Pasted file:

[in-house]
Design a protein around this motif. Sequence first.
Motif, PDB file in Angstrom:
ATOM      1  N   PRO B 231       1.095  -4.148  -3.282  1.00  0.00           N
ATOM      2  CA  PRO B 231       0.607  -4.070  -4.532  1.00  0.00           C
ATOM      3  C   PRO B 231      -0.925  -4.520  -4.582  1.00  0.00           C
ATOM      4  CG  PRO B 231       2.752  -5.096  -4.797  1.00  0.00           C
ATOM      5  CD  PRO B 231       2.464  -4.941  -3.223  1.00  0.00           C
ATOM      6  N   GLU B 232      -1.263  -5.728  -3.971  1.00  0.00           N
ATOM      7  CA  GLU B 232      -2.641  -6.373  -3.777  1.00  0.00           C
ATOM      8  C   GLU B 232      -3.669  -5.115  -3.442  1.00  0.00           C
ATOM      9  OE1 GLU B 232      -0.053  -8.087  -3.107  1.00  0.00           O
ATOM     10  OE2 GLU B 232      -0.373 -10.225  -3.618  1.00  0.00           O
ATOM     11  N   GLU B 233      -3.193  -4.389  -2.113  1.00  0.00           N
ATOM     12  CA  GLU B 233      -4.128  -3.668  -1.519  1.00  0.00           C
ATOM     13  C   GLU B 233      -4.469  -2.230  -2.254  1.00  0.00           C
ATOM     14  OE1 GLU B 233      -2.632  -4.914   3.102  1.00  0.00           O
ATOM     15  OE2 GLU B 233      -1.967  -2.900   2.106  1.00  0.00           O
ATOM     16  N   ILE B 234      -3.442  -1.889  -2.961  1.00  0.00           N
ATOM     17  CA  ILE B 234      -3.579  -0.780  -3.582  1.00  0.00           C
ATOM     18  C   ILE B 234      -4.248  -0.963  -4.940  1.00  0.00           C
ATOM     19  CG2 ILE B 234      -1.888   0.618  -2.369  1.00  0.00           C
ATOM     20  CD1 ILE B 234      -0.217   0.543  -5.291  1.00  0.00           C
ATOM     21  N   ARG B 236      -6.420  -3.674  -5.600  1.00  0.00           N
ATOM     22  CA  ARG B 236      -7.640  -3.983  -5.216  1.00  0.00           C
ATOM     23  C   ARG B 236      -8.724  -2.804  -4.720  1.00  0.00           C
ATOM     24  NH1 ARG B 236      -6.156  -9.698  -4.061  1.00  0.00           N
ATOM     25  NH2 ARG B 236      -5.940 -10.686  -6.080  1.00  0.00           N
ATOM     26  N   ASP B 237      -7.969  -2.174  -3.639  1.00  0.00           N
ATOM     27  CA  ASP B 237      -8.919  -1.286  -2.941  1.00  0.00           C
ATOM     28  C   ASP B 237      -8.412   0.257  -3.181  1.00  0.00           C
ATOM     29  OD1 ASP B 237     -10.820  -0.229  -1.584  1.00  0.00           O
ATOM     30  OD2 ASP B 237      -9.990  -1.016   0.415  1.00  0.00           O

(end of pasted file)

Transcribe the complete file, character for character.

[in-house]
Design a protein around this motif. Sequence first.
Motif, PDB file in Angstrom:
ATOM      1  N   PRO B 231       1.095  -4.148  -3.282  1.00  0.00           N
ATOM      2  CA  PRO B 231       0.607  -4.070  -4.532  1.00  0.00           C
ATOM      3  C   PRO B 231      -0.925  -4.520  -4.582  1.00  0.00           C
ATOM      4  CG  PRO B 231       2.752  -5.096  -4.797  1.00  0.00           C
ATOM      5  CD  PRO B 231       2.464  -4.941  -3.223  1.00  0.00           C
ATOM      6  N   GLU B 232      -1.263  -5.728  -3.971  1.00  0.00           N
ATOM      7  CA  GLU B 232      -2.641  -6.373  -3.777  1.00  0.00           C
ATOM      8  C   GLU B 232      -3.669  -5.115  -3.442  1.00  0.00           C
ATOM      9  OE1 GLU B 232      -0.053  -8.087  -3.107  1.00  0.00           O
ATOM     10  OE2 GLU B 232      -0.373 -10.225  -3.618  1.00  0.00           O
ATOM     11  N   GLU B 233      -3.193  -4.389  -2.113  1.00  0.00           N
ATOM     12  CA  GLU B 233      -4.128  -3.668  -1.519  1.00  0.00           C
ATOM     13  C   GLU B 233      -4.469  -2.230  -2.254  1.00  0.00           C
ATOM     14  OE1 GLU B 233      -2.632  -4.914   3.102  1.00  0.00           O
ATOM     15  OE2 GLU B 233      -1.967  -2.900   2.106  1.00  0.00           O
ATOM     16  N   ILE B 234      -3.442  -1.889  -2.961  1.00  0.00           N
ATOM     17  CA  ILE B 234      -3.579  -0.780  -3.582  1.00  0.00           C
ATOM     18  C   ILE B 234      -4.248  -0.963  -4.940  1.00  0.00           C
ATOM     19  CG2 ILE B 234      -1.888   0.618  -2.369  1.00  0.00           C
ATOM     20  CD1 ILE B 234      -0.217   0.543  -5.291  1.00  0.00           C
ATOM     21  N   ARG B 236      -6.420  -3.674  -5.600  1.00  0.00           N
ATOM     22  CA  ARG B 236      -7.640  -3.983  -5.216  1.00  0.00           C
ATOM     23  C   ARG B 236      -8.724  -2.804  -4.720  1.00  0.00           C
ATOM     24  NH1 ARG B 236      -6.156  -9.698  -4.061  1.00  0.00           N
ATOM     25  NH2 ARG B 236      -5.940 -10.686  -6.080  1.00  0.00           N
ATOM     26  N   ASP B 237      -7.969  -2.174  -3.639  1.00  0.00           N
ATOM     27  CA  ASP B 237      -8.919  -1.286  -2.941  1.00  0.00           C
ATOM     28  C   ASP B 237      -8.412   0.257  -3.181  1.00  0.00           C
ATOM     29  OD1 ASP B 237     -10.820  -0.229  -1.584  1.00  0.00           O
ATOM     30  OD2 ASP B 237      -9.990  -1.016   0.415  1.00  0.00           O